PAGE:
The German public is outraged by an appearance of a guest promoting jihadism on the talk show of Anne Will.
During a discussion on why more and more young people radicalize, one of the guests – a niqab-clad guest – justified young Muslims going to Syria to fight alongside jihadists.
The prime time show aired on German ARD channel on Sunday, where a number of experts discussed the alarming trend of youth radicalization.
Among them were a father who lost his daughter to the Islamic State (ISIS), an expert on Islam, an imam, a CDU politician who lobbies for a ban on Muslim full-face veils, as well as Nora Illi, a Swiss Muslim convert from Zurich.
Illi is the Muslim women’s commissioner for the Islamic Central Council Switzerland (IZRS). She came to the show niqab-clad, with only her eyes showing through the small slits in her outfit.
Illi described her choice as one for “diversity and respect”. She defended the right of every Muslim to practice their religion by wearing traditional attire and being allowed to pray at an appropriate time, anywhere they pleased.
The Swiss national complained that in Germany and in many non-Muslim states, Muslims are excluded from society by attempts to prevent them from practicing their religion in public.
Illi thus held the West responsible for the youth’s radicalization: when young people are not allowed by society to practice their beliefs freely, disoriented, they turn to more radical manifestations of their religion, she retorted.
To add insult to injury, the news anchor’s read out an excerpt from an essay by Illi published on the Council’s website back in 2014, in which Illi justified the choice of Muslims who travel to Syria to fight against the regime of President Assad alongside ISIS.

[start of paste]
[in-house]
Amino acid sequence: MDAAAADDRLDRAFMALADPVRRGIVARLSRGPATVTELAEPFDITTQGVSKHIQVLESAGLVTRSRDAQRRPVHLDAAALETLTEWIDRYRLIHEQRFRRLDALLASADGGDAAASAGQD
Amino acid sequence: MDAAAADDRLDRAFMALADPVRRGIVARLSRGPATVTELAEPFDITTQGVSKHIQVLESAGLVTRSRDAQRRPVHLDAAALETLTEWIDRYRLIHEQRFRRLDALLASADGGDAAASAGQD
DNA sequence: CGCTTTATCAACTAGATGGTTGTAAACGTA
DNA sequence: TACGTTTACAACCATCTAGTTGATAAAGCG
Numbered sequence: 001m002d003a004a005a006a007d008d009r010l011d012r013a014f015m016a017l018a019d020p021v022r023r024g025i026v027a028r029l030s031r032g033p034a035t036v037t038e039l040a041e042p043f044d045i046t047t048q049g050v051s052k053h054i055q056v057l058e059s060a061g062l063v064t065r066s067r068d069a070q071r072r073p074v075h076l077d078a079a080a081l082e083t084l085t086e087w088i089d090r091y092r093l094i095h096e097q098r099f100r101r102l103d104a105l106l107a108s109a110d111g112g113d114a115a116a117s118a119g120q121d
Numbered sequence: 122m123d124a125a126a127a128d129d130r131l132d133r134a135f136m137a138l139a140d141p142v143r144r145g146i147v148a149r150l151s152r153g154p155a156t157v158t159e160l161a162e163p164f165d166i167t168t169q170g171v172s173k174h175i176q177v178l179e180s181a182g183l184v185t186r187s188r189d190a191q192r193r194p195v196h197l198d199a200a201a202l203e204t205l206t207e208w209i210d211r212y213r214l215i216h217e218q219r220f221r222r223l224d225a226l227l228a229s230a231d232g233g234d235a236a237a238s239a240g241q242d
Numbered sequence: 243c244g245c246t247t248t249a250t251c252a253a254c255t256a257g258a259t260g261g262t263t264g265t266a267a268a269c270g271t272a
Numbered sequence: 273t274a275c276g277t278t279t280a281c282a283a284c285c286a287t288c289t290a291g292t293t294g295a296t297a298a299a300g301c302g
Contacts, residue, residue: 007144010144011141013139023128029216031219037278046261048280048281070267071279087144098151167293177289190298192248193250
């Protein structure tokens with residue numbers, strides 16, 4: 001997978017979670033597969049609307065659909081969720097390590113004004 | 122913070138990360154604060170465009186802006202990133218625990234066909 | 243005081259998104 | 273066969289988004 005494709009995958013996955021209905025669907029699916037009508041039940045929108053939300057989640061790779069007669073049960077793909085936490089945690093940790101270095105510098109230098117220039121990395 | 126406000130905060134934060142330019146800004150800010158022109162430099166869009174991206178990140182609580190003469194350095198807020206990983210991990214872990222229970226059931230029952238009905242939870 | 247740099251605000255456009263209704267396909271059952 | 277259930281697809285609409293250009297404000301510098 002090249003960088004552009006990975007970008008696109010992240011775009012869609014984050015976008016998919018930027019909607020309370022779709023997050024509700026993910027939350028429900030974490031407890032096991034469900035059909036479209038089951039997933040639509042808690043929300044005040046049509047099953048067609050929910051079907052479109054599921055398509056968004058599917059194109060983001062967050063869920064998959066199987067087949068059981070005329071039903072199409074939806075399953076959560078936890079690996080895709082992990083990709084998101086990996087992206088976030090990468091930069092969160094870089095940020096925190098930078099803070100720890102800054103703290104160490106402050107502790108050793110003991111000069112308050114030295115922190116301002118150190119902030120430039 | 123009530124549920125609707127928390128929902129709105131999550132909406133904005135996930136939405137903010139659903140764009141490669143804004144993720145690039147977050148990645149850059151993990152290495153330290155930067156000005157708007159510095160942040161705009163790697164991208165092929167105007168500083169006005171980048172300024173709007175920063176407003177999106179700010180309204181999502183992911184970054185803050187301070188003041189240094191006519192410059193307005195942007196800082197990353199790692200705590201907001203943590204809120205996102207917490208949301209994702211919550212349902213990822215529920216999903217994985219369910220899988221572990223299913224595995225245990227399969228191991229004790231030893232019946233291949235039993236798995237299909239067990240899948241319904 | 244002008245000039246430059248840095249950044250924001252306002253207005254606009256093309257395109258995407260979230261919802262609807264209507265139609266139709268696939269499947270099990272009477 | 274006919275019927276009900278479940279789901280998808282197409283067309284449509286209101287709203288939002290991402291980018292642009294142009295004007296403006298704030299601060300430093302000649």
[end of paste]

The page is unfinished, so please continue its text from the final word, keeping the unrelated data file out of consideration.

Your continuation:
According to Illi this happens “because Muslims are repressed in most non-Muslim countries and join jihad in an effort to break free from this repression”.
The German public to exploded at the remarks justifying jihad, while Illi’s fellow-guests could only express disbelief and shock at her incendiary remarks.
The CDU’s Wolfgang Bosbach and Islam expert Ahmad Mansour both called the speech “terrorism propaganda on TV” slamming the news anchor for allowing such inflammatory statements.
The German public decried ARD for providing “a platform for Islamist propaganda,” while others called Illi’s statements scandalous.
Nora Illi called the flood of reactions “aggressive to hate-filled discussions on social media”. In a Facebook post, she concluded “that Islamophobia is an important push factor” for jihad.
It is not the first time Illi has been in the media spotlight. She made the headlines when she became the first woman in Switzerland fined for sporting a traditional Muslim burqa after it was outlawed.
And less than two weeks ago, she took part in a debate on the burqa ban with an Austrian private broadcaster Ösi-TV, also sparking outrage with her fully-veiled attire and claims that Islamophobia is the cause of radical Islamism.